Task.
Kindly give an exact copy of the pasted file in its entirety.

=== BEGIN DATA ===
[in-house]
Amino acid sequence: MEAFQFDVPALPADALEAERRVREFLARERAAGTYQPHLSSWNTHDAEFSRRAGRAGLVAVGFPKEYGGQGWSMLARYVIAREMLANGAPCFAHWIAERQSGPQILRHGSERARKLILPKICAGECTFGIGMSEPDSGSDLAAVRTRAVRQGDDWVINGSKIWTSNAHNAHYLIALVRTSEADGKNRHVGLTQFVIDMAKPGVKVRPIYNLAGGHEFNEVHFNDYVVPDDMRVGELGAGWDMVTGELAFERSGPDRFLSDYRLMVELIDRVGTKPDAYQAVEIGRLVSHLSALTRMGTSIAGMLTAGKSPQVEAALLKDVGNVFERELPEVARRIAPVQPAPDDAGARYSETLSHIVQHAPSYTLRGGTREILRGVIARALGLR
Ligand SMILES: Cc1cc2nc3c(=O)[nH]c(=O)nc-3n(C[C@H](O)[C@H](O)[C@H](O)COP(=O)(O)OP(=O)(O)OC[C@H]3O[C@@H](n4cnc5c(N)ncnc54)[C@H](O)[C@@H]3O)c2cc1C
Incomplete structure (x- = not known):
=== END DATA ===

[in-house]
Amino acid sequence: MEAFQFDVPALPADALEAERRVREFLARERAAGTYQPHLSSWNTHDAEFSRRAGRAGLVAVGFPKEYGGQGWSMLARYVIAREMLANGAPCFAHWIAERQSGPQILRHGSERARKLILPKICAGECTFGIGMSEPDSGSDLAAVRTRAVRQGDDWVINGSKIWTSNAHNAHYLIALVRTSEADGKNRHVGLTQFVIDMAKPGVKVRPIYNLAGGHEFNEVHFNDYVVPDDMRVGELGAGWDMVTGELAFERSGPDRFLSDYRLMVELIDRVGTKPDAYQAVEIGRLVSHLSALTRMGTSIAGMLTAGKSPQVEAALLKDVGNVFERELPEVARRIAPVQPAPDDAGARYSETLSHIVQHAPSYTLRGGTREILRGVIARALGLR
Ligand SMILES: Cc1cc2nc3c(=O)[nH]c(=O)nc-3n(C[C@H](O)[C@H](O)[C@H](O)COP(=O)(O)OP(=O)(O)OC[C@H]3O[C@@H](n4cnc5c(N)ncnc54)[C@H](O)[C@@H]3O)c2cc1C
Incomplete structure (x- = not known):